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Registered Investment Options

Registered Accounts

Our Mortgage Investment Corporation also supports investments from within a variety of registered plan types.

Registered Education Savings Plans (RESP)

Registered Education Savings Plans (RESPs) are a type of account that encourages parents to save for a child’s future post-secondary education. RESPs offer the following benefits:

  • Tax-deferred asset growth.
  • Both Federal and Provincial governments offer a variant of government grants for RESPs, detailed information may be found at the CRA link below.
  • Withdraws from RESPs (specifically the investment growth and government grants) are generally taxed at the recipient’s tax rate, which is beneficial given that the recipient would typically be a low income student at the time of withdraws.

Detailed information regarding RESPs may be found on the Canada Revenue Agency website, at the following link:
RESP – Read More

Registered Retirement Savings Plans (RRSP)

Registered Retirement Savings Plans (RRSPs) are a common account that promotes individual savings for retirement. RRSPs offer the following benefits:

  • RRSP contributions are deductible from taxable income, which in turn reduces income taxes payable.
  • Asset growth (e.g. income, capital gains) within an RRSP is tax-deferred, as funds are not taxed until they are withdrawn from the RRSP.
  • Withdraws from RRSPs are taxable as income at the time of withdraw, ideally following retirement, at which point in time the annuitant is likely to be subject to a lower marginal tax rate.

Detailed information regarding RRSPs may be found on the Canada Revenue Agency website, at the following link:
RRSP – Read More

Spousal RRSP

Spousal RRSPs are similar to individual RRSPs, but with some key differences. The contributor for a Spousal RRSP is different than the annuitant. For example, a wife (contributor) could contribute to her husband’s Spousal RRSP, in which case the husband would be the annuitant. The contributor would receive a deduction from taxable income, reducing income tax payable. Withdraws from the Spousal RRSP would then be taxable income for the annuitant, after a certain period of time has elapsed. The above differences mean that Spousal RRSPs can be used as a method of splitting income in retirement.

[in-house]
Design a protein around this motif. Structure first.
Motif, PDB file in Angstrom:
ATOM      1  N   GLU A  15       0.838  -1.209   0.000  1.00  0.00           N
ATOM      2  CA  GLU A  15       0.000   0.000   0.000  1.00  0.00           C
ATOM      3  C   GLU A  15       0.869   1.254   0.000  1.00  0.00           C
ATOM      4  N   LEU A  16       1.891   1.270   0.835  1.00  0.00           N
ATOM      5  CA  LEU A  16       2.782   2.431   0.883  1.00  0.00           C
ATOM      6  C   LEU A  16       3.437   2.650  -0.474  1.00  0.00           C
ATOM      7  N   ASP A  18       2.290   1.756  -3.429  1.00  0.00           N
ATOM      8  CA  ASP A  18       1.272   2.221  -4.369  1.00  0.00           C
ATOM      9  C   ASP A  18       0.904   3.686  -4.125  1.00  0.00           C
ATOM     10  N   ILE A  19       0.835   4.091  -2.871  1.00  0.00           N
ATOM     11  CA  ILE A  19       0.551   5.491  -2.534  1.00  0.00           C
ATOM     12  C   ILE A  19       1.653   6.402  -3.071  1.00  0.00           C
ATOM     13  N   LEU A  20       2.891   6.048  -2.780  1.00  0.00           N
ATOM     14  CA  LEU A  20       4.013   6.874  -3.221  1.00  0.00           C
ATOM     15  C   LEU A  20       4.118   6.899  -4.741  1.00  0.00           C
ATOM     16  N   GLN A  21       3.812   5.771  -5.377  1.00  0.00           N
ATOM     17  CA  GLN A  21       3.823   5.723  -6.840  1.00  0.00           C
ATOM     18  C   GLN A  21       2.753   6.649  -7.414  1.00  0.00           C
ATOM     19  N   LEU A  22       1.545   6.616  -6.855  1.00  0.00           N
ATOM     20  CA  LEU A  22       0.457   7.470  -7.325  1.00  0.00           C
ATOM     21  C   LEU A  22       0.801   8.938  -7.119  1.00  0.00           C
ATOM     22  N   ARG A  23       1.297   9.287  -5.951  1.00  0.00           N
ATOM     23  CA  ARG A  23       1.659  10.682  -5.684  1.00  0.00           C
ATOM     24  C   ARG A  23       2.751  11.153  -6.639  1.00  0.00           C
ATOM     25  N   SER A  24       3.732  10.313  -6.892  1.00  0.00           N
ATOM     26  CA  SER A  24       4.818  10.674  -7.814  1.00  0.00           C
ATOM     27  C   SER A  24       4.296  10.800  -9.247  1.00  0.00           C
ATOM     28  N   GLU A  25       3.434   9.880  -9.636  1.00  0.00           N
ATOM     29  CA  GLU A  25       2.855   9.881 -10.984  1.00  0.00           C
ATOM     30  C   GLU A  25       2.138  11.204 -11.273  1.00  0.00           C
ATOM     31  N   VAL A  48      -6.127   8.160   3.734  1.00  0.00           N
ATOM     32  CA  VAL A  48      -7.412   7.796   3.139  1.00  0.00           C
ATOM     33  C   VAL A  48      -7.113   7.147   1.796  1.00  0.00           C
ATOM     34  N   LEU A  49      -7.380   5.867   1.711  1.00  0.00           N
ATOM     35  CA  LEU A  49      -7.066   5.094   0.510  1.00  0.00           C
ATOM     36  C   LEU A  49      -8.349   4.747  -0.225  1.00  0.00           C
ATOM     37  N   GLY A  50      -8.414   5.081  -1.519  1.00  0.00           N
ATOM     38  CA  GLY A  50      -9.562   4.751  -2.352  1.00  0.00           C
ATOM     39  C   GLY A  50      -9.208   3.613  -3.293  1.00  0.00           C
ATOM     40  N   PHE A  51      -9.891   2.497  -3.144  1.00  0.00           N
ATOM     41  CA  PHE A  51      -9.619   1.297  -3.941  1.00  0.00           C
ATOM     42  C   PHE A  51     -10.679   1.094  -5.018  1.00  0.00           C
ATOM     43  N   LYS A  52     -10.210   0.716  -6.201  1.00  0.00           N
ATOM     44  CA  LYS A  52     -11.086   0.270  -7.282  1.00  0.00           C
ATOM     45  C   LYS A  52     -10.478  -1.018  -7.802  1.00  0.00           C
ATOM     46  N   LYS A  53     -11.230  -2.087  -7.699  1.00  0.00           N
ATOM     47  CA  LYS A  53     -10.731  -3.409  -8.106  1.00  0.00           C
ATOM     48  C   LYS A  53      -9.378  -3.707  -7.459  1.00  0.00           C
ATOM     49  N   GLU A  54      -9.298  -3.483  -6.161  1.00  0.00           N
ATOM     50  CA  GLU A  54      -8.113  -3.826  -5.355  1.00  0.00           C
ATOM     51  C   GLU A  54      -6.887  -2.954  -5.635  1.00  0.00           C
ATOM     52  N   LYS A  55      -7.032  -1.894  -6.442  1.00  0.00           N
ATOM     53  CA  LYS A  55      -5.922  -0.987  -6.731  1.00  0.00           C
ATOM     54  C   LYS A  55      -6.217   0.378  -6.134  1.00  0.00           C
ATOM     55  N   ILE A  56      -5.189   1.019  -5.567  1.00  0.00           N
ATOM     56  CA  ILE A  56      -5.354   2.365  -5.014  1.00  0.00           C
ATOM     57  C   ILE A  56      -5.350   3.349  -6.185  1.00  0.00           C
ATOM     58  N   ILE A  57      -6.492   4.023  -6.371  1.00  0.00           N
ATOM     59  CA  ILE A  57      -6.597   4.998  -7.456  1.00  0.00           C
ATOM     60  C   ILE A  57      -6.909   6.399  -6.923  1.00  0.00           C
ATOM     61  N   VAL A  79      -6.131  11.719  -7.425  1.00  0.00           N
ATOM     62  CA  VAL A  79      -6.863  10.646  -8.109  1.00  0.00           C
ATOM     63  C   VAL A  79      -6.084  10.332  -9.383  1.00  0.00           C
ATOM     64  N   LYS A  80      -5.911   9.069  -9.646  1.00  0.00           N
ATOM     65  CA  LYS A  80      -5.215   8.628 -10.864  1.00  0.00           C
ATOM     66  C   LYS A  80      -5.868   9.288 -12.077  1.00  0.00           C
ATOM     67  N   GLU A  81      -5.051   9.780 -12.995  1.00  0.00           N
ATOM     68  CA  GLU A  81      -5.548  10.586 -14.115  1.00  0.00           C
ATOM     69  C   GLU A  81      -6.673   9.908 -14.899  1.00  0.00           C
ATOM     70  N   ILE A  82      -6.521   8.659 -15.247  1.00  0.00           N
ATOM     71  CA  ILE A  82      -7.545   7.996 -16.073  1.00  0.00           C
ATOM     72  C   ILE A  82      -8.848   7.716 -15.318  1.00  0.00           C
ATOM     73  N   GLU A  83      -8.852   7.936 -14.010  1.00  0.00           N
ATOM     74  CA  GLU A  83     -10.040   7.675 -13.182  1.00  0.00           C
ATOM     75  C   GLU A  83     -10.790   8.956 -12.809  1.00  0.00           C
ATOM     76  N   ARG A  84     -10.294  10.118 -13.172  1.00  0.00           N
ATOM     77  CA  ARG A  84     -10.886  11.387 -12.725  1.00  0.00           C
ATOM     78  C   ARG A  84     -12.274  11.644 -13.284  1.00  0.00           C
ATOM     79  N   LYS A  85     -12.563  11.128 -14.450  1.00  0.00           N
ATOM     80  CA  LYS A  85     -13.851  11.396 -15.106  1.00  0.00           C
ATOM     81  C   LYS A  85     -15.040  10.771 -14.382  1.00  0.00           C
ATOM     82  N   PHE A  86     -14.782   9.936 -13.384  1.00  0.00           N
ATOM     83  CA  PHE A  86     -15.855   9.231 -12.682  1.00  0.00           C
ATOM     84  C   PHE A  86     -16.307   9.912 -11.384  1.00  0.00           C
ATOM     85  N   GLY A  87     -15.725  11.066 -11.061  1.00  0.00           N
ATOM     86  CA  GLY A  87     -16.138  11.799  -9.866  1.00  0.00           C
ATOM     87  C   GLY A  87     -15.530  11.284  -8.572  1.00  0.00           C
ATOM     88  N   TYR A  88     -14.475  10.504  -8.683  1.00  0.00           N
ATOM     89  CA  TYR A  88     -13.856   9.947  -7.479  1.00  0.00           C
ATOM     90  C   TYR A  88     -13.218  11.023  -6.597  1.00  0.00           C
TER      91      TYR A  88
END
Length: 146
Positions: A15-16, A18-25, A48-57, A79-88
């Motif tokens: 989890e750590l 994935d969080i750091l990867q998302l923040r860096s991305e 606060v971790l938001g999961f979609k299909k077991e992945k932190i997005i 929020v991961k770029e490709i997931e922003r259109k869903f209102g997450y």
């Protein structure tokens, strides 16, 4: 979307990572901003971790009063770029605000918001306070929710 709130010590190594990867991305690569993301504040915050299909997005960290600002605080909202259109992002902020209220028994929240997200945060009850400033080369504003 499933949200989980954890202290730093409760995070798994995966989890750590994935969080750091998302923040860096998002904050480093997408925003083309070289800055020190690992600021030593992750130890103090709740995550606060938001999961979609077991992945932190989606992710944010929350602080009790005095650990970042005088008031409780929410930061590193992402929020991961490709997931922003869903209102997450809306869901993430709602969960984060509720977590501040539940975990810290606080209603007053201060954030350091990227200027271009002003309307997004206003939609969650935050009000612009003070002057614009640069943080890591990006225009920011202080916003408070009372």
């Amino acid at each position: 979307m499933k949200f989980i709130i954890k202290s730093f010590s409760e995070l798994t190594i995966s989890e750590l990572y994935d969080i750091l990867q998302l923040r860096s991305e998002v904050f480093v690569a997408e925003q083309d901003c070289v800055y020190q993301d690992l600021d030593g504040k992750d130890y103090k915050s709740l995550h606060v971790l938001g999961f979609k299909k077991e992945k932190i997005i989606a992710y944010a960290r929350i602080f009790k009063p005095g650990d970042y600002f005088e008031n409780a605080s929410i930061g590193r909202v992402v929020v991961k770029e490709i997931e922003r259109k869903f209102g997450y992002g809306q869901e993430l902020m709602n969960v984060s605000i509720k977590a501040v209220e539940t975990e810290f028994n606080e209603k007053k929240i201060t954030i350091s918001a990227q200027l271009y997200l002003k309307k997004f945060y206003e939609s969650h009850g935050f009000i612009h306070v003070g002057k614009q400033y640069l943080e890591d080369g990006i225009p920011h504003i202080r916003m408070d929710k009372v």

Detailed information regarding SRRSPs may be found on the Canada Revenue Agency website, at the following link:
Spousal RRSP – Read More

Tax-Free Savings Accounts (TFSA)

Tax-Free Savings Accounts (TFSAs) are a relatively new form of account, which began January 1, 2009. TFSAs offer the following benefits:

  • $5,000 may be contributed to a TFSA each year.
  • The annual contribution limit will increase over time, based on indexing to the Consumer Price Index (CPI), with increments of $500.
  • Unused space may be carried forward to future years.
  • Account holder may withdraw funds from a TFSA at any time, tax-free, including all asset growth since the original contribution.

Detailed information regarding TFSAs may be found on the Canada Revenue Agency website, at the following link:
TFSA – Read More


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